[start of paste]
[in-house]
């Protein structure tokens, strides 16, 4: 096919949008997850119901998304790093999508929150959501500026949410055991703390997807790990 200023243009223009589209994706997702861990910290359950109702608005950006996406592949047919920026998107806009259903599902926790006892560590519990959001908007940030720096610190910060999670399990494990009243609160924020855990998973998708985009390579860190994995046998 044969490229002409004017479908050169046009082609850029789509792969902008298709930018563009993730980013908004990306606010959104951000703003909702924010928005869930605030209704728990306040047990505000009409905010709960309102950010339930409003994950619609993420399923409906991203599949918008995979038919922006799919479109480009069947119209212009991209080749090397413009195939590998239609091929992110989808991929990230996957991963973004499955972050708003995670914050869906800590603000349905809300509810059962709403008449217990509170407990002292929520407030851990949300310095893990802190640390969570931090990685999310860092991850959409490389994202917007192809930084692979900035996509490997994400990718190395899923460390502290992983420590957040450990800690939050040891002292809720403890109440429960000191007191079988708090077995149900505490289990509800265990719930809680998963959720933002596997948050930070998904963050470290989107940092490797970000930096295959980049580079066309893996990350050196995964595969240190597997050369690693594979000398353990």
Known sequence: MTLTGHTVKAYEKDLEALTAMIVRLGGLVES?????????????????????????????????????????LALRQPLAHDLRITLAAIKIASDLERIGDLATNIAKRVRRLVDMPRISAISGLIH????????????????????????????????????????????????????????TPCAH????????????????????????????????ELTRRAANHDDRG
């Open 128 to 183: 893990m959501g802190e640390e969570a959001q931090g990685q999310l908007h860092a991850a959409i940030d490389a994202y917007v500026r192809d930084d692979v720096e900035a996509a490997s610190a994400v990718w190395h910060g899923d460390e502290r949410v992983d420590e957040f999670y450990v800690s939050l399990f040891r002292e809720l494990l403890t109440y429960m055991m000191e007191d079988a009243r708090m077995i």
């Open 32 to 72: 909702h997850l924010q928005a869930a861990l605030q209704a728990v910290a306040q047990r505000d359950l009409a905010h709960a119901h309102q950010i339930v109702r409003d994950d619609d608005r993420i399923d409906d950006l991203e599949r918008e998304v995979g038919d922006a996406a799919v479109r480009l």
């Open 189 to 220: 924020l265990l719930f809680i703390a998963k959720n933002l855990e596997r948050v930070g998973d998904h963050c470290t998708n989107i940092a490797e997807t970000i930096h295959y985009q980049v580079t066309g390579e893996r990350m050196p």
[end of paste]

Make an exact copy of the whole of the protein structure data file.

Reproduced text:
[in-house]
């Protein structure tokens, strides 16, 4: 096919949008997850119901998304790093999508929150959501500026949410055991703390997807790990 200023243009223009589209994706997702861990910290359950109702608005950006996406592949047919920026998107806009259903599902926790006892560590519990959001908007940030720096610190910060999670399990494990009243609160924020855990998973998708985009390579860190994995046998 044969490229002409004017479908050169046009082609850029789509792969902008298709930018563009993730980013908004990306606010959104951000703003909702924010928005869930605030209704728990306040047990505000009409905010709960309102950010339930409003994950619609993420399923409906991203599949918008995979038919922006799919479109480009069947119209212009991209080749090397413009195939590998239609091929992110989808991929990230996957991963973004499955972050708003995670914050869906800590603000349905809300509810059962709403008449217990509170407990002292929520407030851990949300310095893990802190640390969570931090990685999310860092991850959409490389994202917007192809930084692979900035996509490997994400990718190395899923460390502290992983420590957040450990800690939050040891002292809720403890109440429960000191007191079988708090077995149900505490289990509800265990719930809680998963959720933002596997948050930070998904963050470290989107940092490797970000930096295959980049580079066309893996990350050196995964595969240190597997050369690693594979000398353990």
Known sequence: MTLTGHTVKAYEKDLEALTAMIVRLGGLVES?????????????????????????????????????????LALRQPLAHDLRITLAAIKIASDLERIGDLATNIAKRVRRLVDMPRISAISGLIH????????????????????????????????????????????????????????TPCAH????????????????????????????????ELTRRAANHDDRG
């Open 128 to 183: 893990m959501g802190e640390e969570a959001q931090g990685q999310l908007h860092a991850a959409i940030d490389a994202y917007v500026r192809d930084d692979v720096e900035a996509a490997s610190a994400v990718w190395h910060g899923d460390e502290r949410v992983d420590e957040f999670y450990v800690s939050l399990f040891r002292e809720l494990l403890t109440y429960m055991m000191e007191d079988a009243r708090m077995i």
């Open 32 to 72: 909702h997850l924010q928005a869930a861990l605030q209704a728990v910290a306040q047990r505000d359950l009409a905010h709960a119901h309102q950010i339930v109702r409003d994950d619609d608005r993420i399923d409906d950006l991203e599949r918008e998304v995979g038919d922006a996406a799919v479109r480009l």
């Open 189 to 220: 924020l265990l719930f809680i703390a998963k959720n933002l855990e596997r948050v930070g998973d998904h963050c470290t998708n989107i940092a490797e997807t970000i930096h295959y985009q980049v580079t066309g390579e893996r990350m050196p």